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  • Relactation Is Possible But ‘Takes A Lot Of Work,’ According To Experts

    For some reason, new moms have to stop breastfeeding until they're fully ready to try again.
    by Jocelyn Valle .
Relactation Is Possible But ‘Takes A Lot Of Work,’ According To Experts
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  • Breastfeeding may come naturally to some mothers, but not to others. That’s why there are new moms who have to stop giving their own milk to their babies until they finally feel fully ready to try again. They just wonder if it’s possible and how to relactate.

    "It is possible to relactate," says birthing coach and childbirth educator Chiqui Brosas-Hahn in a recent webinar attended by SmartParenting.com.ph.

    More experts agree, particularly from the La Leche League International, a non-governmental and nonprofit organization that organizes advocacy, educational, and training related to breastfeeding.

    Relactation is a second chance at breastfeeding

    La Leche advocates point out that relactation is a "second chance at breastfeeding." They explain, "It can be easy to give up breastfeeding, even if things are going fairly well.

    "Many mothers fail to establish breastfeeding because of difficult circumstances such as lack of access to accurate information and/or lack of support. They end up giving up breastfeeding, but then regret their decision."

    There are other reasons for new moms to stop breastfeeding. Maybe they were separated from their babies due to illness or an emergency, and when they recovered, they decided to give breastfeeding another try and just learn how to relactate.

    Relactation happens when the new mom starts breastfeeding again, according to What to Expect. That gap can be as short as a few days or as long as many weeks, months, or even a year. In general, though, it works best if you gave birth fairly recently or you only stopped just for a bit of time.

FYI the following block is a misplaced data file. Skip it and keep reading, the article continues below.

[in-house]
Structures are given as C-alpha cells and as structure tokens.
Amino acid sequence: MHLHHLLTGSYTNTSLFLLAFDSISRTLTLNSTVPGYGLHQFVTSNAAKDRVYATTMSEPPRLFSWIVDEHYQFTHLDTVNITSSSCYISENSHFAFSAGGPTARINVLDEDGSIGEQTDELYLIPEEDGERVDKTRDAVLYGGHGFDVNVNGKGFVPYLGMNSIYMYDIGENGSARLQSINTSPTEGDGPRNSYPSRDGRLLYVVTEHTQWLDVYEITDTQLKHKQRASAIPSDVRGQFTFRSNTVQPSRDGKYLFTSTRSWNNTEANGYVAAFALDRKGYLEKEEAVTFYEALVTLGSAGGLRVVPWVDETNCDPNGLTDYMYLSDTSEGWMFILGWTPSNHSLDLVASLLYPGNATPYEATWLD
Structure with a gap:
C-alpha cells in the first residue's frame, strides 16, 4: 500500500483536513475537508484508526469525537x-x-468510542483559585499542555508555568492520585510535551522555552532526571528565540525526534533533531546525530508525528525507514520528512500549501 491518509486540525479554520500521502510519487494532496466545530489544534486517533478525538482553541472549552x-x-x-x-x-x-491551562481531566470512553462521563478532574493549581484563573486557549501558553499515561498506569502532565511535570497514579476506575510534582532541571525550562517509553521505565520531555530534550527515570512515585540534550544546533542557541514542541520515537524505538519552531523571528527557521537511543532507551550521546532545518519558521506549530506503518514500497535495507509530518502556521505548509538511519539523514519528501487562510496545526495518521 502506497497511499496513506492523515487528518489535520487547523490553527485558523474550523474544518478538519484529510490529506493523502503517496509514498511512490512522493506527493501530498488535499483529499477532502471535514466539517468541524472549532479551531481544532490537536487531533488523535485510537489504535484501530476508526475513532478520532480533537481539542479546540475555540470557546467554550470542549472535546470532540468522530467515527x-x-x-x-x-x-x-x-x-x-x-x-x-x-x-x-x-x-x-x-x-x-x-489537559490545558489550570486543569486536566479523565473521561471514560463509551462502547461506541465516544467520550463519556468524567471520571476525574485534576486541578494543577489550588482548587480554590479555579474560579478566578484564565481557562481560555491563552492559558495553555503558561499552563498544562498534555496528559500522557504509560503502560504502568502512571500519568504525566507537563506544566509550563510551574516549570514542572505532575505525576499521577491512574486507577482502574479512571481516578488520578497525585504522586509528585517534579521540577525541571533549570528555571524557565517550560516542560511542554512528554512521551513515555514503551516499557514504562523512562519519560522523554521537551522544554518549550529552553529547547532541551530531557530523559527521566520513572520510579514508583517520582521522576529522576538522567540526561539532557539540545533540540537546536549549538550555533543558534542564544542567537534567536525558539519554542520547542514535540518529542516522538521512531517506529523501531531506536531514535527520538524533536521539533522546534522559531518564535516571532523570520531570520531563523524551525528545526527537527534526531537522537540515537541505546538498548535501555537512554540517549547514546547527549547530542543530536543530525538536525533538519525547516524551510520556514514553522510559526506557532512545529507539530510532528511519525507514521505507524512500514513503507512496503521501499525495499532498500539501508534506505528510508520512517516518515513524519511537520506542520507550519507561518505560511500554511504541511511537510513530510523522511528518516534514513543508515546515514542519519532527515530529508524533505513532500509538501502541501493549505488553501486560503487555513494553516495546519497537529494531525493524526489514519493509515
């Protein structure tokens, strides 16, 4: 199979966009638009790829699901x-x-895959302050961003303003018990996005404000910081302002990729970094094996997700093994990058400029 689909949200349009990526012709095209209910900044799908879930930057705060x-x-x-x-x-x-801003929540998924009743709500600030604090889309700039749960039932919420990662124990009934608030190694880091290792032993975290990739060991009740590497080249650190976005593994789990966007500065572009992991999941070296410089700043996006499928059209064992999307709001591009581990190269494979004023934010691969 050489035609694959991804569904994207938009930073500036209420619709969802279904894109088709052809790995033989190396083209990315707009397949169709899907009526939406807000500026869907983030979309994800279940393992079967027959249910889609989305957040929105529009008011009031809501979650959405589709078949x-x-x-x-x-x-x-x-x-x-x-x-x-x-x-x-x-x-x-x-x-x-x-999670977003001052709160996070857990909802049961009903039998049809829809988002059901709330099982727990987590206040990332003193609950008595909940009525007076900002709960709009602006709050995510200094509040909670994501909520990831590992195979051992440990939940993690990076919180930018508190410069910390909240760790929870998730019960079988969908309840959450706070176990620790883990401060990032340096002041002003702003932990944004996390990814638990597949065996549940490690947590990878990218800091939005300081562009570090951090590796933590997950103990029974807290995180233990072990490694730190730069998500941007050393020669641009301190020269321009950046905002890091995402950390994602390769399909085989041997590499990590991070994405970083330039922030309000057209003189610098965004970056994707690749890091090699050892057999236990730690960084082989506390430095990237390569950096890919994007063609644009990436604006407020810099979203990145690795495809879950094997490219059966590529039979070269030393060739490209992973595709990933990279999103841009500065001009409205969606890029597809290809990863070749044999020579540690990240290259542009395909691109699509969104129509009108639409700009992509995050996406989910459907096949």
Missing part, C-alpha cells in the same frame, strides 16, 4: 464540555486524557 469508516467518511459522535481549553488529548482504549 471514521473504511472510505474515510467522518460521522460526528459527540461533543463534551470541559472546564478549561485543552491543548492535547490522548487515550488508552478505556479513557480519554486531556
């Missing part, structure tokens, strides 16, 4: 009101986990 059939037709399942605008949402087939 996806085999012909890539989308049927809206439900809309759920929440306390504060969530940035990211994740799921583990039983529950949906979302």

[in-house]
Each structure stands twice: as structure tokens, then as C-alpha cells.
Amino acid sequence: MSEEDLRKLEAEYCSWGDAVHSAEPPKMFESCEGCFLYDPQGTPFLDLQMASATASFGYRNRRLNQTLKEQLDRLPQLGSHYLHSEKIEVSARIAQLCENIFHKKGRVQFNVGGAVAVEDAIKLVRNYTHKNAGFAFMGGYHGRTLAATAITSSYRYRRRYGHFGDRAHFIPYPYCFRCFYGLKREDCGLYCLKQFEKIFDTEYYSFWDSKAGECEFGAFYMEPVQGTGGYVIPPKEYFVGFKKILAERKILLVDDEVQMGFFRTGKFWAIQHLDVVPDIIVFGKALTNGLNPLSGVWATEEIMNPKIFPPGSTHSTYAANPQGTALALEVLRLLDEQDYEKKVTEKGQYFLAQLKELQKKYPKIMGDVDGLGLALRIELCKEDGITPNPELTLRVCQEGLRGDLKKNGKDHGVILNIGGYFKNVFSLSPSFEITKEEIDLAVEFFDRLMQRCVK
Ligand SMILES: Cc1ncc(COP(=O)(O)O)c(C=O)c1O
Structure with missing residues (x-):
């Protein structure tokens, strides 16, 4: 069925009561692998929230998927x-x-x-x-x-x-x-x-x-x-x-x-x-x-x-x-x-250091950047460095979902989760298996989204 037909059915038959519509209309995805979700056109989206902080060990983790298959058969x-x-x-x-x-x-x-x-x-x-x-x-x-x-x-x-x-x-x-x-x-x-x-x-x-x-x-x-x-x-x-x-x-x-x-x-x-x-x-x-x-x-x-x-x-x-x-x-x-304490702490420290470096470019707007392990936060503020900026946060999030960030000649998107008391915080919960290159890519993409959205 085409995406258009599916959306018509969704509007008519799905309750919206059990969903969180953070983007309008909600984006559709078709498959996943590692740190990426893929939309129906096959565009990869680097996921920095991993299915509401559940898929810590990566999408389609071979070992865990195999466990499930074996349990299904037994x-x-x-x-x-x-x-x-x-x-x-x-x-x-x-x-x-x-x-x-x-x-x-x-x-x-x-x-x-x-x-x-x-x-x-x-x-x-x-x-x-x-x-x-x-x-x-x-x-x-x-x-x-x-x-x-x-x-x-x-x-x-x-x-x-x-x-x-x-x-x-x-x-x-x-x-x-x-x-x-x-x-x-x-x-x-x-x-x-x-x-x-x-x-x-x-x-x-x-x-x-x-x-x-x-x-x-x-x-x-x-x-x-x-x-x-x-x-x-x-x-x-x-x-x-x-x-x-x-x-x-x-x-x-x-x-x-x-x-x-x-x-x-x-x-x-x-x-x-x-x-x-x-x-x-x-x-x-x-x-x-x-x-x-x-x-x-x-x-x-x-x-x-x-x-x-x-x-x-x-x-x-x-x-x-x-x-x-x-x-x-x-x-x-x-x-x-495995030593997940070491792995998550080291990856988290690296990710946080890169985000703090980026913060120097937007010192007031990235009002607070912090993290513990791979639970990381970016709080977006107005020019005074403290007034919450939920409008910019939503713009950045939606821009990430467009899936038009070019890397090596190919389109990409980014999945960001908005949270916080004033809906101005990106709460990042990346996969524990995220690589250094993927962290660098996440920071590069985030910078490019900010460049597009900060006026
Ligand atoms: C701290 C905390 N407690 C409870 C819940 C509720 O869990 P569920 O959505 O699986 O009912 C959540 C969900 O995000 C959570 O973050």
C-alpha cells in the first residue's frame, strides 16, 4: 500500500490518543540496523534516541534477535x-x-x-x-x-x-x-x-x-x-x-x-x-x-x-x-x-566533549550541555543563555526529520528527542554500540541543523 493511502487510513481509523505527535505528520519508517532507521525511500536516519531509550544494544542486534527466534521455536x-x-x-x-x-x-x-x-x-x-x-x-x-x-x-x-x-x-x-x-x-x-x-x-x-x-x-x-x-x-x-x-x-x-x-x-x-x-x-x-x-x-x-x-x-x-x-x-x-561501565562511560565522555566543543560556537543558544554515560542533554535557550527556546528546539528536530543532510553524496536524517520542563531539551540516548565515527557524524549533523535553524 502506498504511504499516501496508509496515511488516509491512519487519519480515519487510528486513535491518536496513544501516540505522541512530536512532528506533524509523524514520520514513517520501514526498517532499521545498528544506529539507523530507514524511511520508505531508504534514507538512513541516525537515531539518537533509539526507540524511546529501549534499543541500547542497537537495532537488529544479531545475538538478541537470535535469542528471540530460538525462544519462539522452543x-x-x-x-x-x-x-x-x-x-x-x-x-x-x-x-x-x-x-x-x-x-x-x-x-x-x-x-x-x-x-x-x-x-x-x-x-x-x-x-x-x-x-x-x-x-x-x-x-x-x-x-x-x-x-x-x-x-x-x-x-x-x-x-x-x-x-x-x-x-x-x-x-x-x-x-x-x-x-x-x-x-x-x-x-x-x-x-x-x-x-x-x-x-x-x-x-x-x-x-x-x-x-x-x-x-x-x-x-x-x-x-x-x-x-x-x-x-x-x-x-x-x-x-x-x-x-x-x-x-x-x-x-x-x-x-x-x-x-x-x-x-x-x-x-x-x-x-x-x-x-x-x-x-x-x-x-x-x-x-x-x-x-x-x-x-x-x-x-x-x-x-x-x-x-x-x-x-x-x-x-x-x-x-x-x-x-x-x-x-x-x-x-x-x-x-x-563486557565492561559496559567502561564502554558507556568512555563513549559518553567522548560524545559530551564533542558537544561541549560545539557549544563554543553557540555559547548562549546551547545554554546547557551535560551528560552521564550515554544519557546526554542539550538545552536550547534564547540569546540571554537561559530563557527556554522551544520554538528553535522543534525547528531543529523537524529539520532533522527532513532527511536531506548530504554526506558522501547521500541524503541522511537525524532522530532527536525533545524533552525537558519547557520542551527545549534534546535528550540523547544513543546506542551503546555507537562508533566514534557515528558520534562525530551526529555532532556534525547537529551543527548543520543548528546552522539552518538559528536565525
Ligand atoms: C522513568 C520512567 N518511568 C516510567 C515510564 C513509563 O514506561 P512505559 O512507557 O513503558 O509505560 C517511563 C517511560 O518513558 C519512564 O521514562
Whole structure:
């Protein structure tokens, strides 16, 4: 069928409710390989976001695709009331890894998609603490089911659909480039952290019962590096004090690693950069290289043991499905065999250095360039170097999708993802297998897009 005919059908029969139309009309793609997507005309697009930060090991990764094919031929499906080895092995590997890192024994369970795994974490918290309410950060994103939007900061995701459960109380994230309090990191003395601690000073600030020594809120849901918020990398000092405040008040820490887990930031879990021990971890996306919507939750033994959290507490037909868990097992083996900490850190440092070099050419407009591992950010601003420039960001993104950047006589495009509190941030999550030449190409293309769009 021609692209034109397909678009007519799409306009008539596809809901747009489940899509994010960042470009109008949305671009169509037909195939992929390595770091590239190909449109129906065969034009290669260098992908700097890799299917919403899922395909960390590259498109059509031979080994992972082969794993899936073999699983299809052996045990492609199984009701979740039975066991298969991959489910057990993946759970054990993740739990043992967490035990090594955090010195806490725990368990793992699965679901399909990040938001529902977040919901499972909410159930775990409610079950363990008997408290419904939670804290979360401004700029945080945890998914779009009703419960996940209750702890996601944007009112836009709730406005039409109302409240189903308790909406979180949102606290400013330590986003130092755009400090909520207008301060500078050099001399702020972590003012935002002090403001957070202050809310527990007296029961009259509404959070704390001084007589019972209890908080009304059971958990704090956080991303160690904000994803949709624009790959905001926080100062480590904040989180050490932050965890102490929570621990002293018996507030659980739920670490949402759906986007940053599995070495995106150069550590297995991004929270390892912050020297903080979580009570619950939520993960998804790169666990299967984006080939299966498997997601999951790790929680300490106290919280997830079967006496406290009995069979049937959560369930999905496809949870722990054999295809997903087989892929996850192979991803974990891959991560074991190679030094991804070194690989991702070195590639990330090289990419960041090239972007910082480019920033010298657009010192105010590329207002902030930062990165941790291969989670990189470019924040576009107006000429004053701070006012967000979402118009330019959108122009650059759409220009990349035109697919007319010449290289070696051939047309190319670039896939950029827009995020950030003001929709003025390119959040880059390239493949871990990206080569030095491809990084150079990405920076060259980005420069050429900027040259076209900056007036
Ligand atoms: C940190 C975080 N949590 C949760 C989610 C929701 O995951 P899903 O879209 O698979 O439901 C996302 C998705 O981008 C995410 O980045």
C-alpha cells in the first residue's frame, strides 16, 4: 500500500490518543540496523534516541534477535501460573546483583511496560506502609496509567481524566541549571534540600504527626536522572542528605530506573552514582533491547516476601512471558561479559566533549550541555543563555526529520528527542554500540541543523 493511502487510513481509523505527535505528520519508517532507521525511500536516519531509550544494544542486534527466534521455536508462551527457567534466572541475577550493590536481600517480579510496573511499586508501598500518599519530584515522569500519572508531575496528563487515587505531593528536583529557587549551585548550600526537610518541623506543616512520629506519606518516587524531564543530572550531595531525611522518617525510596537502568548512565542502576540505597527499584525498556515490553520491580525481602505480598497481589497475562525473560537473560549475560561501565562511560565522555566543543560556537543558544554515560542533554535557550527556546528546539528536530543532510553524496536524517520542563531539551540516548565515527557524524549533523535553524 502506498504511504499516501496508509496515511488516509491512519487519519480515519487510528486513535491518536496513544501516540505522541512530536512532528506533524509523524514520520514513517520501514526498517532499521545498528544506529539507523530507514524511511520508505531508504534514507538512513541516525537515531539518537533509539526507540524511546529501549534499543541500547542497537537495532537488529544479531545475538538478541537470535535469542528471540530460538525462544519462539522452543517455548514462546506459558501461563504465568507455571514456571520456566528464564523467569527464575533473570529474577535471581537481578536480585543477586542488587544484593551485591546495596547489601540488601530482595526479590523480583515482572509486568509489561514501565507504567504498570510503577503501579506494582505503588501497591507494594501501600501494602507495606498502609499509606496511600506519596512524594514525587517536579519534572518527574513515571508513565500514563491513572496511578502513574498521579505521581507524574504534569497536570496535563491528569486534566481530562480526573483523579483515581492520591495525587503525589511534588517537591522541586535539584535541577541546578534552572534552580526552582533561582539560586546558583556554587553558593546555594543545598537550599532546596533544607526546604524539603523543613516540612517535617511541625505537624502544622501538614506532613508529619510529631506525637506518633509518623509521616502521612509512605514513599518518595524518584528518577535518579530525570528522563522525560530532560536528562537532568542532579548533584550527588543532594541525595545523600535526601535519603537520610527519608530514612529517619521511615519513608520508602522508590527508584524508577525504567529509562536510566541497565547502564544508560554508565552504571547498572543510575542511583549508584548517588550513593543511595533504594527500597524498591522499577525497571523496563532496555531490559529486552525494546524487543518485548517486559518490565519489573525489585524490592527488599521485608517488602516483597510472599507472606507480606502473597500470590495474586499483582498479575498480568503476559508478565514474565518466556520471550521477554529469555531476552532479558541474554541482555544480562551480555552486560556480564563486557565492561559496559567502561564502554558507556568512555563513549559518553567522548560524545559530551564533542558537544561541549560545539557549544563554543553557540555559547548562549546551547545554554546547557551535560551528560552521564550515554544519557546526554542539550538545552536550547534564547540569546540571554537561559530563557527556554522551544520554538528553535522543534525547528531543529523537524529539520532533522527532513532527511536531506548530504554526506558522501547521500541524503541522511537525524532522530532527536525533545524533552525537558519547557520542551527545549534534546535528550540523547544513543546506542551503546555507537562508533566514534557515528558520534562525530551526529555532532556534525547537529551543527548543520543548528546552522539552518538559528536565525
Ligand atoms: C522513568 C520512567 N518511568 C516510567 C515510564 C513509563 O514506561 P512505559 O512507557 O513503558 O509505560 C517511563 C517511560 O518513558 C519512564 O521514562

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    Tips to achieving relactation

    While relactation is possible, Brosas-Hahn points out that "it takes a lot of hard work," plus you have to be in good health, gets enough rest, and follows a proper diet. She adds, "You need to stimulate the breast. So a pump would really help a lot to sustain the stimulation."

    Take in consideration also that your baby might have already experienced bottle feeding, so he or she may need time to adjust to breastfeeding again. But take heart because experts say many mothers have found that even babies older than three or four months can still learn to breastfeed.

    You may also find breastfeeding a whole new experience again, so it's best to do your research and look for a support group as you learn how to relactate. Eventually, you and your baby will find the sweet spot.

    How to boost milk supply

    There are also some ways to help boost your milk supply:

    Breastfeed frequently

    Experts suggest try giving milk to your baby every one to two hours and at least 10 to 12 times for every 24 hours. Then let him or her breastfeed not just for food but also comfort. Just be prepared for more nighttime feeding and evening nursing. You can also do the laid back breastfeeding positions to help increase the levels of hormones responsible for milk production.

    Go for breast compression

    One technique that breastfeeding advocates suggest new moms to try is breast compression. It's been proven to encourage babies to actively breastfeed and take more milk.

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    What you'll do is, first, support your breast with one hand, placing your thumb on one side and fingers on the other. Next, wait while your baby breastfeeds actively. His or her jaw should be moving all the way to his or her ear.

    When your baby stops swallowing, that's the time you compress your breast firmly to increase milk flow and for he or she tp start swallowing again. Make sure to hold your breast squeezed as he or she continues nursing actively, then release your hand.

    Afterward, rotate your hand around your breast and wait until your baby breastfeeds actively again. WHen he or she stops swallowing, simply repeat the next steps. Don't be afraid to experiment in finding what works for you and finally learning how to relactate.

    What other parents are reading

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